Two days after his stunning victory, Donald Trump made his first visit to the Capitol as president-elect to meet with Republican leaders and discuss his ambitious legislative to-do list for the early months of his administration.

After meeting Thursday with President Barack Obama, Trump worked with House Speaker Paul Ryan, a Wisconsin Republican.

"We are now talking about how we are going to hit the ground running, to make sure that we can get this country turned around and make America great again," Ryan said, with Trump seated at his side.

"We're going to lower taxes, we're going to fix health care and make it more affordable and better," Trump said moments later.

WATCH: Trump Honored to Meet with Congressional Leaders 

On the other side of the Capitol, Trump conferred with Senate Majority Leader Mitch McConnell of Kentucky, the other man he will rely on to shepherd his agenda through Congress.

"A lot of really great priorities," Trump said afterward. "We're looking very strongly at immigration; we're going to look at the borders. Very importantly, we're looking very strongly at health care and we're looking at jobs. Big league jobs."

"It was a first-class meeting," McConnell told reporters.

Democratic hopes dashed

Before the election, the majority leader often refused to discuss Trump — or even mention his name.

"I don't particularly want to sit here today and critique the presidential campaigns," McConnell said weeks ago in response to persistent questions from reporters about Trump's often-incendiary comments on the campaign trail.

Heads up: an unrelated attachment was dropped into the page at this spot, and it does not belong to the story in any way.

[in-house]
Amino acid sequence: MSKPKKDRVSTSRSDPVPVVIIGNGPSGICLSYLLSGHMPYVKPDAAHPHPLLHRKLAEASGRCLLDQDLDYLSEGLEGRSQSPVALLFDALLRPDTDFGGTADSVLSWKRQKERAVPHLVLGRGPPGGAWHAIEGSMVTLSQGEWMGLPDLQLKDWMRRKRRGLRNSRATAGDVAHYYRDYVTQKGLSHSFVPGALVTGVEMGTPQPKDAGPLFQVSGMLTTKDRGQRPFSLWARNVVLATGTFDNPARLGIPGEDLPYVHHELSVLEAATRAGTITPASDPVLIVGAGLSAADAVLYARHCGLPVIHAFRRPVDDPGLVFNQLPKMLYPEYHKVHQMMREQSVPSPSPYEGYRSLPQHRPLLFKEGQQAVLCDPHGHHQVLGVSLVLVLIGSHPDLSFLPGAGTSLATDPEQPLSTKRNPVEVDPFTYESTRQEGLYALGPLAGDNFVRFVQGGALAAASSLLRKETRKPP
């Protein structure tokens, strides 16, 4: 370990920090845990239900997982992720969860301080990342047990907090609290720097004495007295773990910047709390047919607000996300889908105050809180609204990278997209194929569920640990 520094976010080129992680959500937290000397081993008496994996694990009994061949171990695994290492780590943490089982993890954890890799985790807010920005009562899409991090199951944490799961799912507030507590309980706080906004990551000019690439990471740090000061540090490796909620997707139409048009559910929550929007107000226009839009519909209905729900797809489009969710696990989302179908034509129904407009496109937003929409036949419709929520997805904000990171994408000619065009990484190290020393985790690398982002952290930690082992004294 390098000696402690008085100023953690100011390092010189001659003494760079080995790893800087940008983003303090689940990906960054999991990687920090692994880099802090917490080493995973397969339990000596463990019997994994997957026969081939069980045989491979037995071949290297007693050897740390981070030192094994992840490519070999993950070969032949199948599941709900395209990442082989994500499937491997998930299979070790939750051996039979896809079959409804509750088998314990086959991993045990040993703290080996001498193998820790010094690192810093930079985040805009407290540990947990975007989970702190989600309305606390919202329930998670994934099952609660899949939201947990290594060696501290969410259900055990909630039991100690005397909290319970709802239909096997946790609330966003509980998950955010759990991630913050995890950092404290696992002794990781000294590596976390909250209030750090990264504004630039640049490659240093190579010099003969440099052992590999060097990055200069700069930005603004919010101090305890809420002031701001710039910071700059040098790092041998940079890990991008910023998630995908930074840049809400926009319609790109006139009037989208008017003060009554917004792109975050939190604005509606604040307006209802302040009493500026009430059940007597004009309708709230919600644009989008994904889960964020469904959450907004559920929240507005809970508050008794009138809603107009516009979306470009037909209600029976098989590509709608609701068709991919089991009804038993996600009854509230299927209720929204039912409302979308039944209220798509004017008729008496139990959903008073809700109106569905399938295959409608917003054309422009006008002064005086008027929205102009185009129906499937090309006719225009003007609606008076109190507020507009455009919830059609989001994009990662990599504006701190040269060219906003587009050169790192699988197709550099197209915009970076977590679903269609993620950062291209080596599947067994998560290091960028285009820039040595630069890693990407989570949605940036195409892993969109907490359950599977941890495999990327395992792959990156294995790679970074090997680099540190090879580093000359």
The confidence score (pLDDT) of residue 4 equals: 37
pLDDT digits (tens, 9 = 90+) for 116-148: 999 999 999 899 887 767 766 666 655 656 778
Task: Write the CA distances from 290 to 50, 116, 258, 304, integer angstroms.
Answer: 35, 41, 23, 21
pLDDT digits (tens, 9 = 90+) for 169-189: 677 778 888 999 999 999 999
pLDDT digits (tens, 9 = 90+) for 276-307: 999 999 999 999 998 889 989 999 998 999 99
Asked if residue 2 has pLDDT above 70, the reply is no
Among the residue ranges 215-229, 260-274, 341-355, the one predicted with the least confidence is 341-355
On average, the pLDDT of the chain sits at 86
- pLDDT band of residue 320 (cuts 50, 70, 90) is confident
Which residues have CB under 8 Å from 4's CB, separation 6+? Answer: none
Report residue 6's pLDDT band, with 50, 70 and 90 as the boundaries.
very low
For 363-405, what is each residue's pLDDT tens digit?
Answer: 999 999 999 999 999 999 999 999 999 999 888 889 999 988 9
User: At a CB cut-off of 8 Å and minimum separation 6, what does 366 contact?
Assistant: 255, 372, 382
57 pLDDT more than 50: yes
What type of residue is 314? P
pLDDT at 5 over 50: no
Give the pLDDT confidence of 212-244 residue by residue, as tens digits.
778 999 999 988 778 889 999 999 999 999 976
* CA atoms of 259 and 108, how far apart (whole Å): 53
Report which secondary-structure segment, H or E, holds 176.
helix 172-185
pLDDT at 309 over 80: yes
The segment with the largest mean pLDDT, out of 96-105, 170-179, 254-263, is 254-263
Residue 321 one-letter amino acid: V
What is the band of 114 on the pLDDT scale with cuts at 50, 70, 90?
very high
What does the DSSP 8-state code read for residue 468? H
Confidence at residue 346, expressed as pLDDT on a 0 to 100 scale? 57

President-elect Donald Trump, his wife Melania, Vice President-elect Mike Pence and Senate Majority Leader Mitch McConnell of Kentucky walk on Capitol Hill in Washington, Nov. 10, 2016.

By contrast, Democratic lawmakers had been unabashedly exuberant about their presidential nominee, Hillary Clinton, and optimistic about advancing their policy goals right up to the final hours of election night.

"Tackle climate change and safeguard our planet!" roared New York Senator Chuck Schumer at a victory party for his successful reelection bid. "Pass comprehensive immigration reform, and get a functioning Supreme Court — a Supreme Court that will protect women's rights, voting rights."

But that vision hinged on a key assumption that proved false — that Clinton would beat Trump.

'A lot of change'

Now, it is Republicans who are laying plans for the coming year.

"We would like to see the country go in a different direction," McConnell said at a news conference Wednesday.

WATCH: McConnell Discusses Transition Issues with Trump

With Republicans controlling both houses of Congress and the White House, McConnell expects action on taxes, repealing Obamacare, and filling a Supreme Court vacancy.

"The American people have spoken, and President Trump will send us a nominee, I assume, early next year," the majority leader said.

"This Congress controlled by Republicans — they are going to act," said political analyst Darrell West of the Washington-based Brookings Institution. "They have an agenda of things they want to do. They have the votes to push them through. So, people are going to see a lot of change."

Much of that change will target President Barack Obama's legacy. Senate Democrats will be able to use procedural tactics to block some, but not all, Republican agenda items. And on some matters, like Trump's pledge to build a massive wall along the U.S.-Mexico border, divisions among Republicans could be exposed.